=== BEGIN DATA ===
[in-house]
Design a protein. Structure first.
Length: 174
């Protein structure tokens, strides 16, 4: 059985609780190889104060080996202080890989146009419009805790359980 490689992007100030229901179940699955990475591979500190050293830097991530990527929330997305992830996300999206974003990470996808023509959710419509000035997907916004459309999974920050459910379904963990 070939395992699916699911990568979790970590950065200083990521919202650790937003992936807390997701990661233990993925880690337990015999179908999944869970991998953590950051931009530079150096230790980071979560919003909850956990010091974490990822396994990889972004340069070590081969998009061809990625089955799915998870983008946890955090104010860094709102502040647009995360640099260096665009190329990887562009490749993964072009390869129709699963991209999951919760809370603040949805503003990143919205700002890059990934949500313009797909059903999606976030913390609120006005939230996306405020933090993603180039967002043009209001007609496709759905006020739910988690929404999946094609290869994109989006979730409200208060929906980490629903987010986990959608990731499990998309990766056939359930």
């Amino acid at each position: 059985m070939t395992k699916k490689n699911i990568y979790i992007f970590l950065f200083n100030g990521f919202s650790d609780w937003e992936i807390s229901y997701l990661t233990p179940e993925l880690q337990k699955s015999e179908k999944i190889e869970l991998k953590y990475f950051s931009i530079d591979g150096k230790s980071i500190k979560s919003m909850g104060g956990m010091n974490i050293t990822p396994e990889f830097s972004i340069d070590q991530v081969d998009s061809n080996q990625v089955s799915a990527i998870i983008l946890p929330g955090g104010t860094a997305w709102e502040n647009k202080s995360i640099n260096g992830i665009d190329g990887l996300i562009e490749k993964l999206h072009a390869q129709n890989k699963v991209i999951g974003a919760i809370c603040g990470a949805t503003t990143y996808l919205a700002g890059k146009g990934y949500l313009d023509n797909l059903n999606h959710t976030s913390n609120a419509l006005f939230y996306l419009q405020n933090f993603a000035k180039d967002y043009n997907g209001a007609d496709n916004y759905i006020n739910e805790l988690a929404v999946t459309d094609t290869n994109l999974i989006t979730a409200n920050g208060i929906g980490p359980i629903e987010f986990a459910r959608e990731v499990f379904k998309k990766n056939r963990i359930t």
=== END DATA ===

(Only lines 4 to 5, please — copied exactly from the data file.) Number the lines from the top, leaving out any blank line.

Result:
């Protein structure tokens, strides 16, 4: 059985609780190889104060080996202080890989146009419009805790359980 490689992007100030229901179940699955990475591979500190050293830097991530990527929330997305992830996300999206974003990470996808023509959710419509000035997907916004459309999974920050459910379904963990 070939395992699916699911990568979790970590950065200083990521919202650790937003992936807390997701990661233990993925880690337990015999179908999944869970991998953590950051931009530079150096230790980071979560919003909850956990010091974490990822396994990889972004340069070590081969998009061809990625089955799915998870983008946890955090104010860094709102502040647009995360640099260096665009190329990887562009490749993964072009390869129709699963991209999951919760809370603040949805503003990143919205700002890059990934949500313009797909059903999606976030913390609120006005939230996306405020933090993603180039967002043009209001007609496709759905006020739910988690929404999946094609290869994109989006979730409200208060929906980490629903987010986990959608990731499990998309990766056939359930």
């Amino acid at each position: 059985m070939t395992k699916k490689n699911i990568y979790i992007f970590l950065f200083n100030g990521f919202s650790d609780w937003e992936i807390s229901y997701l990661t233990p179940e993925l880690q337990k699955s015999e179908k999944i190889e869970l991998k953590y990475f950051s931009i530079d591979g150096k230790s980071i500190k979560s919003m909850g104060g956990m010091n974490i050293t990822p396994e990889f830097s972004i340069d070590q991530v081969d998009s061809n080996q990625v089955s799915a990527i998870i983008l946890p929330g955090g104010t860094a997305w709102e502040n647009k202080s995360i640099n260096g992830i665009d190329g990887l996300i562009e490749k993964l999206h072009a390869q129709n890989k699963v991209i999951g974003a919760i809370c603040g990470a949805t503003t990143y996808l919205a700002g890059k146009g990934y949500l313009d023509n797909l059903n999606h959710t976030s913390n609120a419509l006005f939230y996306l419009q405020n933090f993603a000035k180039d967002y043009n997907g209001a007609d496709n916004y759905i006020n739910e805790l988690a929404v999946t459309d094609t290869n994109l999974i989006t979730a409200n920050g208060i929906g980490p359980i629903e987010f986990a459910r959608e990731v499990f379904k998309k990766n056939r963990i359930t």